KFC’s focus on China’s political scene was also a kind of localization effort because, in a country where economics is heavily regulated by the government, KFC’s attention to politics gave it an advantage that allowed it to expand more rapidly. 

I’m Loving It (a Little Foreign Spice Makes Everything Nice)

The one-sided focus of the traditional narrative on localization efforts ignores several points of convergence between KFC and McDonald’s as they both entered this vast, untapped market. McDonald’s entered China playing up its status as a non-Chinese brand, which ultimately was beneficial for both KFC and McDonald’s. McDonald’s intentionally associated itself with foreignness. As Yan Yunxiang has convincingly argued, Chinese diners went to McDonald’s not in spite of the fact that it was foreign, but because it was foreign. “McDonald’s and its foreign food have become synonymous with progressive changes that make life more enjoyable in contemporary China.” Among the many interviews Yan did testifying to this, one mother claimed that she brought her child to McDonald’s as a way to expose her to American culture. 

This association with foreignness also led many Chinese consumers to believe that McDonald’s somehow represented science, and even democracy. McDonald’s advertised itself as using strict scientific formulas as the basis for its menus, and many Chinese consumers found this appealing. 

McDonald’s also changed the way Chinese consumers thought about meals. In traditional Chinese restaurants, it was and largely still is the group, not the individual, that was the assumed unit of consumption. Traditional Chinese meals emphasized group consumption and conspicuous consumption. Western fast food reimagined the act of eating, which was now focused on the individual, not the group. As strange as it may sound, Chinese consumers perceived McDonald’s as reflecting the West’s value on democracy and the individual, something that many diners wanted. 

Like McDonald’s, KFC also traded on its American identity. Eriberto Lozada, an anthropologist studying China, has noted that KFC’s restaurants were often preferred by Chinese consumers over cheaper Chinese knock-off chicken restaurants because KFC maintained cleaner bathrooms and restaurant spaces. Both KFC and McDonald’s employed young women as hostesses, focusing on children. These hostesses would teach English songs to children and host other activities, many of which cultivated the foreignness of these restaurants. Both restaurants also played up their foreignness during some of China’s food poisoning scandals. KFC and McDonald’s were able to leverage Chinese consumers’ trust in the food safety of foreign brands, at least until each of them was hit by their own scandal of selling rotten foods.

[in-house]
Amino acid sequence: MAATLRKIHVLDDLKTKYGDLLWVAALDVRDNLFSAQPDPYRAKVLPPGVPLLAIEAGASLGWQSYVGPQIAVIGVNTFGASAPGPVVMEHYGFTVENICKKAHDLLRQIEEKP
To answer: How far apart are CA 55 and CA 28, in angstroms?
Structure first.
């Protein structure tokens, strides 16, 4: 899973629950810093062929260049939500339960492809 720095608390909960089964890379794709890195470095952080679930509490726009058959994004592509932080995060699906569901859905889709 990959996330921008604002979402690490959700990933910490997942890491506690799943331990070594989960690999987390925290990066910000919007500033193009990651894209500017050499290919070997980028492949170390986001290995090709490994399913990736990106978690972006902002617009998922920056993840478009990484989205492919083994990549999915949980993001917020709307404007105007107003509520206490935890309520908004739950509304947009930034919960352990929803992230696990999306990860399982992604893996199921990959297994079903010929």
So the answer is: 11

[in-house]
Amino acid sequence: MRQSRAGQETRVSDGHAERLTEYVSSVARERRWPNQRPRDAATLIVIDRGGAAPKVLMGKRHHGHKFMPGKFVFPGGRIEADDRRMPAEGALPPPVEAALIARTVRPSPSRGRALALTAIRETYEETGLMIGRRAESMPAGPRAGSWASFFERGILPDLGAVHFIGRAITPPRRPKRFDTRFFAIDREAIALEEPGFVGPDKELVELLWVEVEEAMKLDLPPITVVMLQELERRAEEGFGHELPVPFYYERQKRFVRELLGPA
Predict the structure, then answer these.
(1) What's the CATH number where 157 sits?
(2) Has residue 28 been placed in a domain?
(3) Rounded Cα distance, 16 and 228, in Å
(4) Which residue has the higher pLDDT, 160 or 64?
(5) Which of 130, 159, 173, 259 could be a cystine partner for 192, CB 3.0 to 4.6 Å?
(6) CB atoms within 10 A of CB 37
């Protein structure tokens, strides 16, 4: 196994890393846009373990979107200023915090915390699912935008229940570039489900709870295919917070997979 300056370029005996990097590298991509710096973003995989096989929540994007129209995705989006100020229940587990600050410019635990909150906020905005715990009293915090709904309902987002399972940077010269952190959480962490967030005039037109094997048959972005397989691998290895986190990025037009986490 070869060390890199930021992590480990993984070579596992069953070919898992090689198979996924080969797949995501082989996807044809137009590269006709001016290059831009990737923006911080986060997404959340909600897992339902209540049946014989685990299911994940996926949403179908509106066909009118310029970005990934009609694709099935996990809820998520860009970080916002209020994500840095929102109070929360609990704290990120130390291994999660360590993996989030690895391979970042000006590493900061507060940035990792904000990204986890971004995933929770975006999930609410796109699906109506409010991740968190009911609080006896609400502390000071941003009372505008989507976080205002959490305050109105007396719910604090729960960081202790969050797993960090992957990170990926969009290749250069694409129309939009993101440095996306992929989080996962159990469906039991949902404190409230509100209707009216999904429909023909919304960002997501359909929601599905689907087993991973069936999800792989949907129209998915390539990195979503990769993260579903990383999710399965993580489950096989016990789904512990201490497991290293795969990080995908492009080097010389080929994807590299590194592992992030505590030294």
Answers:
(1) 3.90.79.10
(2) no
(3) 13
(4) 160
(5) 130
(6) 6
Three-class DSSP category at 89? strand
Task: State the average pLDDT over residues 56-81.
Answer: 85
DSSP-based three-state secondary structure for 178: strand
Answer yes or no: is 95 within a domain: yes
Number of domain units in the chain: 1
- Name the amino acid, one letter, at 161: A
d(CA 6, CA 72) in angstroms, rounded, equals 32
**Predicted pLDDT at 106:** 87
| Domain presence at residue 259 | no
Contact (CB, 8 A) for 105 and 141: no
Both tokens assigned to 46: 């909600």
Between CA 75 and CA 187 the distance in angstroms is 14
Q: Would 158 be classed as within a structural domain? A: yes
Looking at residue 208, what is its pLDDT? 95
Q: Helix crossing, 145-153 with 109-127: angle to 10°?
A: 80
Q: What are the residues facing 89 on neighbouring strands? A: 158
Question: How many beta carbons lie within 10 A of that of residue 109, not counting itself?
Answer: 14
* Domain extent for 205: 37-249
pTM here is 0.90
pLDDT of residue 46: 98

Competition Spiced with Collaboration

Usually, business schools teach that KFC and McDonald’s are fighting a zero-sum game, where one’s gain is the other’s loss. In a paper by Shen Qiaowei and Xiao Ping, researchers at the University of Pennsylvania and National University of Singapore, respectively, concluded that the two American fast food giants actually feed off the other’s growth. 

They explained that there were two ways the two restaurants helped each other. First, McDonald’s helped KFC through a process called “market learning.” McDonald’s, the brand which was perceived as more foreign, taught Chinese consumers about American fast food. KFC benefited from this: as the process of market learning happened, Chinese consumers felt increasingly comfortable with going to other American fast food restaurants. 

Second, Shen and Xiao’s study suggests that KFC may have helped McDonald’s by indicating where there was untapped demand. KFC’s leadership understood China’s market better than McDonald’s leadership did, and so it was willing to expand into areas McDonald’s was not. Shen and Xiao’s research suggests that McDonald’s leadership may have been watching for where KFC was successful as indicators for where McDonald’s might also find an appetite for its restaurants. 

Chicken or Beef?

Traditionally, the relationship between KFC and McDonald’s in China has been portrayed as something like a food fight, with KFC dominating McDonald’s because it did a better job of localizing. In fact, it would probably be better to think of KFC and McDonald’s as China’s most popular combo meal, with the two complementing each other like a burger and fries, sometimes localizing, sometimes playing up their foreign roots.